You’re a director and someone gives you the script for Beau Travail. You read it and see that it’s only about 50 pages. At the common page/minute you assume this is not for a feature film. Then you think about the material, which consists of a retired Army officer Galoup (the incredible, leather-faced Denis Lavant) as he recalls his time served and his odd relationship with another solder, Sentain (Gregoire Colin). You realize that there is little true drama, that there is no discernible conflict, that the resolution is obscure and that this may in fact be one of those films where “nothing happens.” But you also just so happen to be Claire Denis, so you decide to make the film. And it’s incredible.
Claire Denis has a style that’s difficult to define. We often talk about the uninflected shot (at least David Mamet often does), and Denis’ style appears to be as uninflected as possible, where uninflected = no obvious implication for interpretation. This shot does not mean that things are happy, or tense, because of the camera position. Instead, it’s as neutral as possible. Maybe on first viewing she even feels close to Robert Bresson (there are certainly similarities, largely in sound, but they are very different filmmakers).
With some filmmakers it is rather easy to talk about their style. This isn’t a good or bad thing. Spike Lee has the “Spike Lee shot.” Ozu places his camera low and in deep focus. But Denis is in fact, not very neutral at all. She pulls so much tension out of Beau Travail that it’s almost unbearable at times. She does this largely through panning audio, playful usage of point-of-view shots, and other subtle techniques to make us squirm, though maybe we are unsure why.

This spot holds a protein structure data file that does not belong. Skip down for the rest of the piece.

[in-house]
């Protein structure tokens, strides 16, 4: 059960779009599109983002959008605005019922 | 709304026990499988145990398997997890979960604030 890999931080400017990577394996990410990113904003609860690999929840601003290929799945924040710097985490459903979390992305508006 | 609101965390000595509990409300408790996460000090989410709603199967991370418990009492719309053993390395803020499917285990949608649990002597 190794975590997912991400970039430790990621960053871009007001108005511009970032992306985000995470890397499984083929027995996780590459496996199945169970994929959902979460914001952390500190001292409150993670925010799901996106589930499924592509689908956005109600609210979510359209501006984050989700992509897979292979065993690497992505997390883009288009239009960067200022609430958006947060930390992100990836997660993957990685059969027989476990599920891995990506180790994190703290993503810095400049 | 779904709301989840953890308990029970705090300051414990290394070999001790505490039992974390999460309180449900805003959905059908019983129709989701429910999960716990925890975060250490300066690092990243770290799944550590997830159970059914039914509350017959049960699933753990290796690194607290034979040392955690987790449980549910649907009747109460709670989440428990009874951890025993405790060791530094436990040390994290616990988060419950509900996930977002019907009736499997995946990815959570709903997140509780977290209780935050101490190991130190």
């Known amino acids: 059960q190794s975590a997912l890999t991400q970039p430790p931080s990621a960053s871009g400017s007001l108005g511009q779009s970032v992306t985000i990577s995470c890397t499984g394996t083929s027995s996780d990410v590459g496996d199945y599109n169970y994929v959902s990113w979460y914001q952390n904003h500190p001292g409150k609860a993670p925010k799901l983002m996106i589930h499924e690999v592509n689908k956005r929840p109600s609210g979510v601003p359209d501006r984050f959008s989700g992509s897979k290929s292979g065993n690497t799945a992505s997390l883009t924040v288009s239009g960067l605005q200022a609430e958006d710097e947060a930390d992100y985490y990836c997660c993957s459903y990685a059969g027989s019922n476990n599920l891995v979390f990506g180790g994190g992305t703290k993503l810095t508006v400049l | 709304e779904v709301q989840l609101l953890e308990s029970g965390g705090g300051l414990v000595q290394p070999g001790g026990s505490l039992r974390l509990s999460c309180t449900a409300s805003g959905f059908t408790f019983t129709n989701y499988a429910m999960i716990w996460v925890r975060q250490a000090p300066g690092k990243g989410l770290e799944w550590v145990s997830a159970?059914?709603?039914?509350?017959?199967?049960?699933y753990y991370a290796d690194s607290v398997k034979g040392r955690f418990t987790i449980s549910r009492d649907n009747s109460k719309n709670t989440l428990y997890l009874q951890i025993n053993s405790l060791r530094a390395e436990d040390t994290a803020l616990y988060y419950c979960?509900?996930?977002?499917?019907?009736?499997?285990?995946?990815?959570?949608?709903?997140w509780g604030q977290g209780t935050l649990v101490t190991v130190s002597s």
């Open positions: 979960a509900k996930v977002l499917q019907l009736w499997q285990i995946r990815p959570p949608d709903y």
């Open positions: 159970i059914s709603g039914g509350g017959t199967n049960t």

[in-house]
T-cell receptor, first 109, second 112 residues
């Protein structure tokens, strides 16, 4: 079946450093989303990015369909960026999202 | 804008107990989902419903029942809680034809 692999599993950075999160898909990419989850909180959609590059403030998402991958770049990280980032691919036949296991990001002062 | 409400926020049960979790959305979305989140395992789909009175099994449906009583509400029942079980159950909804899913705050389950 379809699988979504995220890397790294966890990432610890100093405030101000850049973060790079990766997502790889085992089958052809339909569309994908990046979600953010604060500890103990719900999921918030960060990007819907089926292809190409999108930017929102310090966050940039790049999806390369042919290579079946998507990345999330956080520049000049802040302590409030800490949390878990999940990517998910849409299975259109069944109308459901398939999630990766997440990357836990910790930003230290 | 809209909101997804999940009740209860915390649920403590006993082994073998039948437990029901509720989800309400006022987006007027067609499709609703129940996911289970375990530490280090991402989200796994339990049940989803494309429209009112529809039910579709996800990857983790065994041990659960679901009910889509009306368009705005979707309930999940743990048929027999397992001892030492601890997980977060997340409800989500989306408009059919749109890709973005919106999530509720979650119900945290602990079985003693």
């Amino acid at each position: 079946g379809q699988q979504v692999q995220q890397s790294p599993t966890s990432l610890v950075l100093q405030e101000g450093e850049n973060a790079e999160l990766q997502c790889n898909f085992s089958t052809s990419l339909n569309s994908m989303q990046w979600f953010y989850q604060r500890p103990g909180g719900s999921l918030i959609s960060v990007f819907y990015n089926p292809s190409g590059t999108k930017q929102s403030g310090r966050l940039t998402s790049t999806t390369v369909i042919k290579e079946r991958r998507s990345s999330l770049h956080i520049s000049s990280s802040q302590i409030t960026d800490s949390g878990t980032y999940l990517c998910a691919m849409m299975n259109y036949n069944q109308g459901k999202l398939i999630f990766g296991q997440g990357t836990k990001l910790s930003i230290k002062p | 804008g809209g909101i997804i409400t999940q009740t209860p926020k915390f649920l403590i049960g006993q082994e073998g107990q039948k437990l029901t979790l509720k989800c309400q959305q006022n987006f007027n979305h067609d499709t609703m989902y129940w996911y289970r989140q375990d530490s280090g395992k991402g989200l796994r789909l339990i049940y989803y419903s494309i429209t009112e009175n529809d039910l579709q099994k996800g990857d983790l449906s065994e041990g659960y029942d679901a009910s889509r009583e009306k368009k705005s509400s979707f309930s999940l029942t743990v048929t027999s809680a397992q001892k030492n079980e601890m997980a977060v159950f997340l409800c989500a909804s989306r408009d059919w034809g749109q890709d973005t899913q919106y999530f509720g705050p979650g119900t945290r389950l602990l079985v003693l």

Panning audio. Audio moves the same way the image does. I’m not saying anything new here. Next time you’re in a theater pay attention to the way the sound travels from speaker to speaker. The most common example is of a car passing. If it moves from right to left the audio will usually follow. Denis’ audio is constantly panning and moving. It made my ears pop once. It functions to really place us squarely within a dusty, scratchy environment where sounds like men’s boots scraping in the dry dirt and a sheet being pulled against a bed are loud, at the forefront of the mix, and intentionally grating. Even the score moves, at times, in circles around the audience. The feel of all of this is disorienting and disquieting.
Point-of-view. Denis is the modern master of the POV. Quick film theory: POV is three shots. 1) Shot of the person looking. 2) Shot of what the person is looking at. 3) Shot of the person reacting. There are many counter-examples to this, but classically speaking, this gives us the full cinematic realization of a point-of-view. Denis manipulates this formula quiet frequently. At times she seems to break the fourth wall. Characters will stare into the camera. She’ll let the frame linger for 5 seconds, 10 seconds, and only then reveal that the character is not in fact looking into the camera and in effect at us, but at another character off-screen. Beau Travail is littered with similar instances: a woman throws rocks at a moving camera – or is it a moving car? A woman dances in a static wide-shot for 25 seconds. Are we watching her? Or is, as the next cut implies, Galoup watching her? A soldier forced to dig a whole looks up at us in pain and pity as “we” look condescendingly down on him, only for Denis to reveal that he is indeed looking at another soldier.